He did continue his criticism of Mueller Tuesday night, tweeting: “The Mueller Witch Hunt is a total disgrace.”
The question is, how long did Mueller know this? Was he using Manafort to feed false information to Trump? Was he comparing their answers? If he caught Manafort in lies, and Manafort was coordinating with Trump, does that mean that Mueller has caught Trump in a lie? It hardly seems likely to be coincidence that Mueller delayed Manafort's sentencing until right after he got Trump's written answers. Impossible to say right now, but if the question is who's smarter, and who played who, I will bet on Robert Mueller over Donald Trump and Paul Manafort.

And then, there's the question of collusion. Corsi leaked a supposed document relating to his rejected plea deal, which offers some pretty interesting hints: ... oger-stone
It’s quite rare that we get to see an internal document from special counsel Robert Mueller’s probe before Mueller wants us to. But on Tuesday, conservative commentator Jerome Corsi decided to give us a glimpse — of a draft document outlining a potential criminal charge against Corsi himself.

The six-page document was written for a potential plea deal which Corsi now says he’ll reject. Corsi provided it to several news outlets, including the Washington Post. And it’s a fascinating read, because it gives us a glimpse into Mueller’s thinking about a part of the probe that hasn’t resulted in any charges yet: Trump associates’ contacts with WikiLeaks.

The special counsel has alleged that Russian intelligence officers hacked leading Democrats’ emails (most notably the DNC’s and John Podesta’s), and provided some of that material to WikiLeaks. But whether Trumpworld had any role in this hasn’t been clear — and has been the focus of intense investigation of late, particularly pertaining to Roger Stone.

Though we should keep in mind that this document is just a draft, and surely isn’t revealing the full scope of what Mueller knows, there’s some interesting material in here nonetheless.(You can read the whole thing at this link.)

The big picture
First off, here’s how Mueller characterizes the big picture.

The document says that the special counsel’s office is investigating “the theft of campaign-related emails and other documents” by the GRU, Russia’s military intelligence agency.
It also says the GRU provided “certain” documents to “Organization 1” — WikiLeaks — “for public release.” And it outlines a motive for this: “to expand the GRU’s interference in the 2016 U.S. presidential election campaign.”
Then, it says they are also investigating “the nature of any connections between individuals associated with the U.S. presidential campaign of Donald J. Trump” and the Russian government or WikiLeaks.
This is one of the clearest statements of how Mueller views all this so far: a Russian interference operation in which the GRU “provided” documents to WikiLeaks, with the open question being whether Trump campaign associates were involved.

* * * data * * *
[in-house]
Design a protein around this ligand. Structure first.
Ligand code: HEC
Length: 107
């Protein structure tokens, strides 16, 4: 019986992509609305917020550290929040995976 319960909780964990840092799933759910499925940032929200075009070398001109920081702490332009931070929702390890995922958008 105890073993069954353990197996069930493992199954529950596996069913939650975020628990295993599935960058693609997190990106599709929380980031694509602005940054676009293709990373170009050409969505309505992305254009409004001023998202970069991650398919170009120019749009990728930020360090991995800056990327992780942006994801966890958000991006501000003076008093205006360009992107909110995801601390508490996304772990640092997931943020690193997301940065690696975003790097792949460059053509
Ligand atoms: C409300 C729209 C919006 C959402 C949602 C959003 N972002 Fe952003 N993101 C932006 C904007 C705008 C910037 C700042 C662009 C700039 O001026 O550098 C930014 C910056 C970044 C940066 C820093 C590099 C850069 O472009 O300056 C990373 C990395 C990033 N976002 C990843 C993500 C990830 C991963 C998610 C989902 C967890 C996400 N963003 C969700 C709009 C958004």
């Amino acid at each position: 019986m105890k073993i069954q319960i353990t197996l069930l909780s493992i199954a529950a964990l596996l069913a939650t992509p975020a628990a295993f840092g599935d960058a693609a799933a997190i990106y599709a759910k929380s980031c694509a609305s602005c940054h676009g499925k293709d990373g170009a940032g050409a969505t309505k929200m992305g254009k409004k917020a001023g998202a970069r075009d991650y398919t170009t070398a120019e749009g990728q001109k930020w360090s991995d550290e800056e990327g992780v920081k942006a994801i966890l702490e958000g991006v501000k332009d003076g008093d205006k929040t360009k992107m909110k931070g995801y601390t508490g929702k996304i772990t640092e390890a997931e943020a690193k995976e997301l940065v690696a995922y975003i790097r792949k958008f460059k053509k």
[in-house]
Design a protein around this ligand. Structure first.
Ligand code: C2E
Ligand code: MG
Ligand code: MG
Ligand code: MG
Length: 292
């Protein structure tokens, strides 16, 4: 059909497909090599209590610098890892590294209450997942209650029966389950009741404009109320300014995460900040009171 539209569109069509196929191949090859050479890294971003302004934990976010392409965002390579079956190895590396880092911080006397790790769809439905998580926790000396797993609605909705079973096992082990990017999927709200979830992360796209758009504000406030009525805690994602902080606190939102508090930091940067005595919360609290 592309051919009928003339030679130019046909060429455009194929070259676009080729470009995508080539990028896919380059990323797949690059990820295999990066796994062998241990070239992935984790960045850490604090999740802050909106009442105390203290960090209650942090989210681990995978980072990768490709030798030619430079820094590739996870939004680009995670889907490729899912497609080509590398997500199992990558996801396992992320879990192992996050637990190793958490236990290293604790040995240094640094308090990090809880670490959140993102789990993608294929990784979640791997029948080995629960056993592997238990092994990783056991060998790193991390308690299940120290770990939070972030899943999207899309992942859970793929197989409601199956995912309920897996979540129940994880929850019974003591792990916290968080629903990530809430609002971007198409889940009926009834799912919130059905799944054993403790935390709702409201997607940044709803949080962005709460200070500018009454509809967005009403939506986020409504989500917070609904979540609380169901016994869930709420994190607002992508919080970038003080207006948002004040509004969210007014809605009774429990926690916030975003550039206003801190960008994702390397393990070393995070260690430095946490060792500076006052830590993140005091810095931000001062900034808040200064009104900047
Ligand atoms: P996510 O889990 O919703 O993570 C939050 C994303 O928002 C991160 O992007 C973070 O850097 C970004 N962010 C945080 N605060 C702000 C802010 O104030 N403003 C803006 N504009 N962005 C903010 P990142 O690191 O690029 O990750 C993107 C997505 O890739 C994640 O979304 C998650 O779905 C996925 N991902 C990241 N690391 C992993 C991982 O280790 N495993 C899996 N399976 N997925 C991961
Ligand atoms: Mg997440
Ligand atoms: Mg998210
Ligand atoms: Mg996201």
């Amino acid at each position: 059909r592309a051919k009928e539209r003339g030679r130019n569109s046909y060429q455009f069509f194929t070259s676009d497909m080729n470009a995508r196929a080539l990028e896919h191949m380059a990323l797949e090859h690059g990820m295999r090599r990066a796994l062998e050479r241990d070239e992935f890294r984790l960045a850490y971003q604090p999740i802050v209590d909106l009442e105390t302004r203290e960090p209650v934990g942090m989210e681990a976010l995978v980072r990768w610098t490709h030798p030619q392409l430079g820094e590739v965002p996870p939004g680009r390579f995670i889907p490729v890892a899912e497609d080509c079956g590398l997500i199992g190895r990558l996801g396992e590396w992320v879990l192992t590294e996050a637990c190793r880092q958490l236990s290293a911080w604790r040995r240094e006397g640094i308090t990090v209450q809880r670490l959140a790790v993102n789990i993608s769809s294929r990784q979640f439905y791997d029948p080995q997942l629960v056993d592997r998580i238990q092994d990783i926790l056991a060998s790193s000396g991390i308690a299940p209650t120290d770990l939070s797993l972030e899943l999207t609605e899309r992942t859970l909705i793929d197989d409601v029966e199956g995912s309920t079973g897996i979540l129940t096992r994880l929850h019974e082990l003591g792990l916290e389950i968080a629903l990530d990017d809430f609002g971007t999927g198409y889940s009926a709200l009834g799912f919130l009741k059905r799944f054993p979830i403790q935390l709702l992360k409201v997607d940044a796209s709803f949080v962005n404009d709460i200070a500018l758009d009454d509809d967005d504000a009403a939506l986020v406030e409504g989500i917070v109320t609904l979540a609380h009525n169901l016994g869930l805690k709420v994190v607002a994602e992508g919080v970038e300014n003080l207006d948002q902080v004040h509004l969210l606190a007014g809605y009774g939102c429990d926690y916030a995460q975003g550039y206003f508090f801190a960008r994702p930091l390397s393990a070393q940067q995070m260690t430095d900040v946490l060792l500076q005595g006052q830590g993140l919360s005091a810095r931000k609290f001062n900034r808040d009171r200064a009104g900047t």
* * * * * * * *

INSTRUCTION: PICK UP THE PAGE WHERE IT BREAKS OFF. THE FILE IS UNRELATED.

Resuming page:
Roger Stone and his contacts with Trump
Second, there’s the description of longtime Trump adviser Roger Stone. He is identified as “Person 1,” but more revealingly described as a person “Corsi understood to be in regular contact with senior members of the Trump Campaign, including with then-candidate Donald J. Trump.”

Trump’s legal team told the Washington Post that they complained to the Justice Department that Trump was mentioned by name here. (How they got ahold of the document isn’t entirely clear, but Corsi’s lawyers may have provided it to them.)

“It’s gratuitous. It’s not necessary,” Giuliani told the Post. “If you read out of context, it creates a misimpression that they were in contact with the president during this critical time.”

Yet the thing is that Stone regularly said publicly that he was in contact with Trump during this critical time (summer 2016). And Mueller’s mention of this in the document may well suggest he thinks it’s important.

Corsi’s WikiLeaks information
The document goes on to reveal part of the reason Mueller has focused so intensely on Stone and Corsi in recent months: email evidence. It claims:

On July 25, 2016, Stone emailed Corsi, telling him to “get to” Assange in the “Ecuadorian Embassy in London and get the pending” WikiLeaks “emails.”
Corsi forwarded this email to an “overseas individual.” Reportedly, this is Ted Malloch, a UK-based Trump supporter and author.
On July 31, 2016, Stone wrote to Corsi that Malloch “should see” Assange.
On August 2, 2016, Corsi emailed Stone claiming knowledge of Assange’s plans. “Word is friend in embassy plans 2 more dumps. One shortly after I’m back [from a trip in Europe]. 2nd in Oct. Impact planned to be very damaging..” Corsi continued: “Would not hurt to start suggesting HRC old, memory bad, has stroke — neither he nor she well. I expect that much of next dump focus, setting stage for [Clinton] Foundation debacle.”
The document is silent on what, if anything happened after that during the campaign.

Corsi’s purported attempts to thwart the investigation
Next, Mueller’s team describes Corsi’s purported conduct after Trump won. The document claims:

That in early 2017, Corsi “deleted from his computer all email correspondence that predated October 11, 2016.” (This date is a few days after WikiLeaks started posting the Podesta emails on October 7, 2016.)